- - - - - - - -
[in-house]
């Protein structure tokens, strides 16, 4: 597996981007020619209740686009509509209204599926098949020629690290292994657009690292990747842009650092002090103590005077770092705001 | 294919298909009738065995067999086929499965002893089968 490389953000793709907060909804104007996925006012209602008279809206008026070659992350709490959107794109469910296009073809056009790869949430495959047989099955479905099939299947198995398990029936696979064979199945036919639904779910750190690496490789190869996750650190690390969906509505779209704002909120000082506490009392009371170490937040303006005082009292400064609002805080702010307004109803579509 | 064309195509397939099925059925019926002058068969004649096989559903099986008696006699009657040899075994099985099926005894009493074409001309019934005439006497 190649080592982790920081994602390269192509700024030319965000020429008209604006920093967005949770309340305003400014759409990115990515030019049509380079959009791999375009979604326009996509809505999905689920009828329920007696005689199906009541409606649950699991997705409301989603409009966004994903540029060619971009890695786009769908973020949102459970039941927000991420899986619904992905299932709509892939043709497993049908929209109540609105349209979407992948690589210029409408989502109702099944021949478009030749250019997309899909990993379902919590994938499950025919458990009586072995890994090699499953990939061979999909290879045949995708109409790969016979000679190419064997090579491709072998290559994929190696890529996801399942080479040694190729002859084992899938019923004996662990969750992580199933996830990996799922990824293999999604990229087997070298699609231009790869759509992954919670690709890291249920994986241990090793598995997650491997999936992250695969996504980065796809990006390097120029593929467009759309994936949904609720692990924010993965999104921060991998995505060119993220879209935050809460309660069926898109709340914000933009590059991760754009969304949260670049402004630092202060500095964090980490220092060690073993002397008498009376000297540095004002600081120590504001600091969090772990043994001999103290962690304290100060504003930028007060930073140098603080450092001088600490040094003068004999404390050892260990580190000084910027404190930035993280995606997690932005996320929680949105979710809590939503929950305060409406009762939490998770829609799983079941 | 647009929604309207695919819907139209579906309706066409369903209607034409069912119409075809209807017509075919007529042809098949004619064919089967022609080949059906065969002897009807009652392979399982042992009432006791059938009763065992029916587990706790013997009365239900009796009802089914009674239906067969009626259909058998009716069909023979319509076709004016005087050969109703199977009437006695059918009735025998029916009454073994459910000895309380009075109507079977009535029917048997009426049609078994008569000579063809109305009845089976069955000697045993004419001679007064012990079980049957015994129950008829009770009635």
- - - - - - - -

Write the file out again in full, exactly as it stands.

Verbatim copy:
[in-house]
């Protein structure tokens, strides 16, 4: 597996981007020619209740686009509509209204599926098949020629690290292994657009690292990747842009650092002090103590005077770092705001 | 294919298909009738065995067999086929499965002893089968 490389953000793709907060909804104007996925006012209602008279809206008026070659992350709490959107794109469910296009073809056009790869949430495959047989099955479905099939299947198995398990029936696979064979199945036919639904779910750190690496490789190869996750650190690390969906509505779209704002909120000082506490009392009371170490937040303006005082009292400064609002805080702010307004109803579509 | 064309195509397939099925059925019926002058068969004649096989559903099986008696006699009657040899075994099985099926005894009493074409001309019934005439006497 190649080592982790920081994602390269192509700024030319965000020429008209604006920093967005949770309340305003400014759409990115990515030019049509380079959009791999375009979604326009996509809505999905689920009828329920007696005689199906009541409606649950699991997705409301989603409009966004994903540029060619971009890695786009769908973020949102459970039941927000991420899986619904992905299932709509892939043709497993049908929209109540609105349209979407992948690589210029409408989502109702099944021949478009030749250019997309899909990993379902919590994938499950025919458990009586072995890994090699499953990939061979999909290879045949995708109409790969016979000679190419064997090579491709072998290559994929190696890529996801399942080479040694190729002859084992899938019923004996662990969750992580199933996830990996799922990824293999999604990229087997070298699609231009790869759509992954919670690709890291249920994986241990090793598995997650491997999936992250695969996504980065796809990006390097120029593929467009759309994936949904609720692990924010993965999104921060991998995505060119993220879209935050809460309660069926898109709340914000933009590059991760754009969304949260670049402004630092202060500095964090980490220092060690073993002397008498009376000297540095004002600081120590504001600091969090772990043994001999103290962690304290100060504003930028007060930073140098603080450092001088600490040094003068004999404390050892260990580190000084910027404190930035993280995606997690932005996320929680949105979710809590939503929950305060409406009762939490998770829609799983079941 | 647009929604309207695919819907139209579906309706066409369903209607034409069912119409075809209807017509075919007529042809098949004619064919089967022609080949059906065969002897009807009652392979399982042992009432006791059938009763065992029916587990706790013997009365239900009796009802089914009674239906067969009626259909058998009716069909023979319509076709004016005087050969109703199977009437006695059918009735025998029916009454073994459910000895309380009075109507079977009535029917048997009426049609078994008569000579063809109305009845089976069955000697045993004419001679007064012990079980049957015994129950008829009770009635």